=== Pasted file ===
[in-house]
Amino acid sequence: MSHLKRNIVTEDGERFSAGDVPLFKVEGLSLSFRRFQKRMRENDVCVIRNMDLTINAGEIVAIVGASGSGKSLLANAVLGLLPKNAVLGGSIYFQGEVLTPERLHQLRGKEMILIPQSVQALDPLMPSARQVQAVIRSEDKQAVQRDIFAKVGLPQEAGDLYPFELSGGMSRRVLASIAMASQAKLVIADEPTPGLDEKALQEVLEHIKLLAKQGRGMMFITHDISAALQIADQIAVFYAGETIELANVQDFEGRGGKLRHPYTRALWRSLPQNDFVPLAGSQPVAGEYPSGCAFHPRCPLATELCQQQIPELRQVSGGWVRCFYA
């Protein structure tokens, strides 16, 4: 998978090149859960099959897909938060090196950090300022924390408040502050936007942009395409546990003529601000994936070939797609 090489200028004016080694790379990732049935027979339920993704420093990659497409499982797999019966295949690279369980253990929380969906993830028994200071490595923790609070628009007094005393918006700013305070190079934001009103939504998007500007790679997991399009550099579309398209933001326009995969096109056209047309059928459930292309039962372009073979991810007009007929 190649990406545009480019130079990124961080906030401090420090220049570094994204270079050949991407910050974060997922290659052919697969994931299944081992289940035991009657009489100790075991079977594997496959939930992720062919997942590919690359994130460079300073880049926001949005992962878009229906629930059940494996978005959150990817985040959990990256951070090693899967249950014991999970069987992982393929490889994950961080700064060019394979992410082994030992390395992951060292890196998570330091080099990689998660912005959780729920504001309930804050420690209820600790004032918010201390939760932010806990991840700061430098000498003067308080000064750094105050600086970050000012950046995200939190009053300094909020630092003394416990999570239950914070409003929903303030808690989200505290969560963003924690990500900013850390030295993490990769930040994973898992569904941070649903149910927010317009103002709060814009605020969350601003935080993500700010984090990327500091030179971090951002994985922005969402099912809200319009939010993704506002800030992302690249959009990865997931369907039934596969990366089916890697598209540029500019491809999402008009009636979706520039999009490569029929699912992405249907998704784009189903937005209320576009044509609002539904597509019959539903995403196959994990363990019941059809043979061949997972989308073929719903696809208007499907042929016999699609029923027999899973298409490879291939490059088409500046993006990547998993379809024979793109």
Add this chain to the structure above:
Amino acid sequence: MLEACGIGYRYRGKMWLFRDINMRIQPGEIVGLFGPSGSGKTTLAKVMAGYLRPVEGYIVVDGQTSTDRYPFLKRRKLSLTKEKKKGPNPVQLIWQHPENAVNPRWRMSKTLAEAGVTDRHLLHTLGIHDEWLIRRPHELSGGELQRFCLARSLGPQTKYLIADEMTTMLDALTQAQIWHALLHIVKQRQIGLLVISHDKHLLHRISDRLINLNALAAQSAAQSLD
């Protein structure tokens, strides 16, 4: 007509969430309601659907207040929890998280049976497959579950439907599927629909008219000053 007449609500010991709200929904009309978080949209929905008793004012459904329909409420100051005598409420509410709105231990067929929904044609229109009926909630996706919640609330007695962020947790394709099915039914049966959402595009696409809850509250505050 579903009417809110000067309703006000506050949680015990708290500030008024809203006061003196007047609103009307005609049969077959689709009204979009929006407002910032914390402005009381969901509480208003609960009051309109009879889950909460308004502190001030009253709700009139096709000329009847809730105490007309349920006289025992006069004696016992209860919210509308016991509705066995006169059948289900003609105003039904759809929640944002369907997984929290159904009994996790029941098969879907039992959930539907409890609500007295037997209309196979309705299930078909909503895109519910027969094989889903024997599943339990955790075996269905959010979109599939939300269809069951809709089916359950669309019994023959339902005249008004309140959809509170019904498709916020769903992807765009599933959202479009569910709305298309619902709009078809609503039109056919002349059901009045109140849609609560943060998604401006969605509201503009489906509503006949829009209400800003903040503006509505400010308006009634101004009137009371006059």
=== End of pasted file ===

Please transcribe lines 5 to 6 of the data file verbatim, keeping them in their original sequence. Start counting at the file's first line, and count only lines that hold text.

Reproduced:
Amino acid sequence: MLEACGIGYRYRGKMWLFRDINMRIQPGEIVGLFGPSGSGKTTLAKVMAGYLRPVEGYIVVDGQTSTDRYPFLKRRKLSLTKEKKKGPNPVQLIWQHPENAVNPRWRMSKTLAEAGVTDRHLLHTLGIHDEWLIRRPHELSGGELQRFCLARSLGPQTKYLIADEMTTMLDALTQAQIWHALLHIVKQRQIGLLVISHDKHLLHRISDRLINLNALAAQSAAQSLD
């Protein structure tokens, strides 16, 4: 007509969430309601659907207040929890998280049976497959579950439907599927629909008219000053 007449609500010991709200929904009309978080949209929905008793004012459904329909409420100051005598409420509410709105231990067929929904044609229109009926909630996706919640609330007695962020947790394709099915039914049966959402595009696409809850509250505050 579903009417809110000067309703006000506050949680015990708290500030008024809203006061003196007047609103009307005609049969077959689709009204979009929006407002910032914390402005009381969901509480208003609960009051309109009879889950909460308004502190001030009253709700009139096709000329009847809730105490007309349920006289025992006069004696016992209860919210509308016991509705066995006169059948289900003609105003039904759809929640944002369907997984929290159904009994996790029941098969879907039992959930539907409890609500007295037997209309196979309705299930078909909503895109519910027969094989889903024997599943339990955790075996269905959010979109599939939300269809069951809709089916359950669309019994023959339902005249008004309140959809509170019904498709916020769903992807765009599933959202479009569910709305298309619902709009078809609503039109056919002349059901009045109140849609609560943060998604401006969605509201503009489906509503006949829009209400800003903040503006509505400010308006009634101004009137009371006059």